“Now, if you pay close attention to my commandments that I am giving you today and love Yahweh your God and serve him with all your mind and being, then He promises, ‘I will send rain for your land in its season, the autumn and the spring rains, so that you may gather in your grain, new wine, and olive oil. I will provide pasture for your livestock and you will eat your fill.’” (See also Deut. 11:1, 22; 19:9; 30:16, 20; Josh. 22:5; 23:11.)
The second great command is in Lev. 19:18, which states, “…you must love your neighbor as yourself.” Jesus later stated that these were the two greatest commands (Matt. 22:36-40).
The Decalogue is the Ten Commandments to the people of Israel and illustrates loving Yahweh and loving your neighbor. The first four commands deal with man’s relationship with Yahweh, and the last six deal with man’s relationship with other people. The rest of the Law found in Exodus and Leviticus deals with examples of how the nation of Israel is to live out the Ten Commandments.
Circumcision was the sign the Abrahamic Covenant, and the Sabbath was the sign of the Mosaic covenant (Ex. 31:12-18). Because the Abrahamic Covenant is built into the Mosaic Covenant, circumcision became an individual sign of participation in the Mosaic Covenant, while keeping the Sabbath was the corporate sign.
“The covenant regarding the land (Abrahamic) was related to the people by circumcision, and the covenant regarding the people (Mosaic) was related to the land by the Sabbaths. Thus these two covenantal elements (the land and the people) were bound together. The land was for the people, and the people for the land. The Sabbath was ordained for those who were delivered out of Egypt and who inhabited the land of promise.”3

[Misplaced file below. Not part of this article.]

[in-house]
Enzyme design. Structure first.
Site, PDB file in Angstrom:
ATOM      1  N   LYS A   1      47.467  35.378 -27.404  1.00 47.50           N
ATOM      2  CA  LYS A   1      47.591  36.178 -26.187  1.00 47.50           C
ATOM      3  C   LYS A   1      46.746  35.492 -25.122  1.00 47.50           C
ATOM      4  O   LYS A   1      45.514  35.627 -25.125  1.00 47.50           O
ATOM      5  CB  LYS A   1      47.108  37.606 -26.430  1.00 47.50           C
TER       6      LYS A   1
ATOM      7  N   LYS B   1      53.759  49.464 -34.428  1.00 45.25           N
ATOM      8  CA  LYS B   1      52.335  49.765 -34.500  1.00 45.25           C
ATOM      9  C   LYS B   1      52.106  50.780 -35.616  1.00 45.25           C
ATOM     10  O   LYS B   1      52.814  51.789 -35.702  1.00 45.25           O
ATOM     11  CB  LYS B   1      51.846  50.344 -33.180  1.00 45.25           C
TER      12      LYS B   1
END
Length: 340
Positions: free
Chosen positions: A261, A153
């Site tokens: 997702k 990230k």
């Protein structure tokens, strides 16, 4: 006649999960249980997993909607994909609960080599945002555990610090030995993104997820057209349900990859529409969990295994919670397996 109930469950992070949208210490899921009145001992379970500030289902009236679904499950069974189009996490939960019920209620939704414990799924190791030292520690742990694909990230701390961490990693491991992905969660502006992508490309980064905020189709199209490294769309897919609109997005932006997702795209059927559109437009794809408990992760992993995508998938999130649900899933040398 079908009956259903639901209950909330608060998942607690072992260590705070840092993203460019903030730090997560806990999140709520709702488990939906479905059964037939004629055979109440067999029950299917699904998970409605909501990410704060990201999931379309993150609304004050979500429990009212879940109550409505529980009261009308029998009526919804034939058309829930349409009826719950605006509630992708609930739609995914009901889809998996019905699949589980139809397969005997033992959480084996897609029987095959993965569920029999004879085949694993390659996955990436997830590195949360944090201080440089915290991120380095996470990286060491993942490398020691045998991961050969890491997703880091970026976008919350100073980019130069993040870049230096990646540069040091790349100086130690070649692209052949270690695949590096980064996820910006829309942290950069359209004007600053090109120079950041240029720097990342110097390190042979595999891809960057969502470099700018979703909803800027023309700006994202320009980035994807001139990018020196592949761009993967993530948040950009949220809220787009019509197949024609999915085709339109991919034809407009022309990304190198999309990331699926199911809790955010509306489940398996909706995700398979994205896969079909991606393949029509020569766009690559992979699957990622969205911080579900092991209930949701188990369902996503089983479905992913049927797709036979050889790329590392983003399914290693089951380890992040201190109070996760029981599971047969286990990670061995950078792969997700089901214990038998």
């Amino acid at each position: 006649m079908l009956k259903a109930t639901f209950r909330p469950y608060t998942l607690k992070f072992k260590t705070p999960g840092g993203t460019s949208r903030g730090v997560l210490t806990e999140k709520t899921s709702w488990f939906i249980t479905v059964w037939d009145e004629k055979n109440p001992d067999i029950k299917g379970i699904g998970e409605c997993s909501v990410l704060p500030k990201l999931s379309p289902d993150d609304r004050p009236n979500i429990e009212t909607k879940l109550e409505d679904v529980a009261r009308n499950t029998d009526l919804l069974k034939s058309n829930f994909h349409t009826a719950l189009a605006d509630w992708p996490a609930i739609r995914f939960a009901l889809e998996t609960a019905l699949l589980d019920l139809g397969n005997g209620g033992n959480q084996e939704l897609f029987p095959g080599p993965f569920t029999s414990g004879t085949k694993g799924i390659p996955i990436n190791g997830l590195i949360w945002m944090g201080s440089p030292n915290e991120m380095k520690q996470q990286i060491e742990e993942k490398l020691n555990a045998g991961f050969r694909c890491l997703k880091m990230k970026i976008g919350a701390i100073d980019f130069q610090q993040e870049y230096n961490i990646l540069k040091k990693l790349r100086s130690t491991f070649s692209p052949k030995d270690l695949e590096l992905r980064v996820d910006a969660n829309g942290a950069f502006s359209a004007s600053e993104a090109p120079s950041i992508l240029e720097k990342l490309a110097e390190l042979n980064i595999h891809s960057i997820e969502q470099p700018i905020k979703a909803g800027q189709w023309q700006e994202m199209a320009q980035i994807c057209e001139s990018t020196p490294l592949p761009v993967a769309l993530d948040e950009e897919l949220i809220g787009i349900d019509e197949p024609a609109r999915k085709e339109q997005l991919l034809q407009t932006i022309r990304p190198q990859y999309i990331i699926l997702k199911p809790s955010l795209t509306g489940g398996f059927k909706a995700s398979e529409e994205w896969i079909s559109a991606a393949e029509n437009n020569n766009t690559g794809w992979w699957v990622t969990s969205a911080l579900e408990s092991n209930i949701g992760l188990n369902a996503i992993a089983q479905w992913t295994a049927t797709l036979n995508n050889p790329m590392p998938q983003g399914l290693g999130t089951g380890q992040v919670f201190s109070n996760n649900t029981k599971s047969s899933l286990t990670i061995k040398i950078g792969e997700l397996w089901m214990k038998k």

The Mosaic Law consisted of three classes. The first were those governing the moral life, which would be the Ten Commandments. This instructed one on how to live righteously in relation to Yahweh and their neighbor. The second were those governing the religious life, which would be the Tabernacle, the sacrificial system, and the priesthood. This instructed one on how to enter the presence of a righteous and holy God and what was necessary to atone for sin, having broken the moral code. The third included those governing the civil life, which were the laws that dealt with civil law and the punishments given when one violated these laws. It is important to remember that Yahweh gave the whole Law specifically for the nation of Israel and that to violate one law from any of the classes was to violate the whole Law.
The Purpose of the Covenant
As noted above, the purpose of the Law was not to grant salvation, for one can never earn salvation through their own works (Gal. 2:16; 3:2). However, the Law was given in order to pave the way for salvation. The purpose of the Law was to reveal the plan and the need for Christ.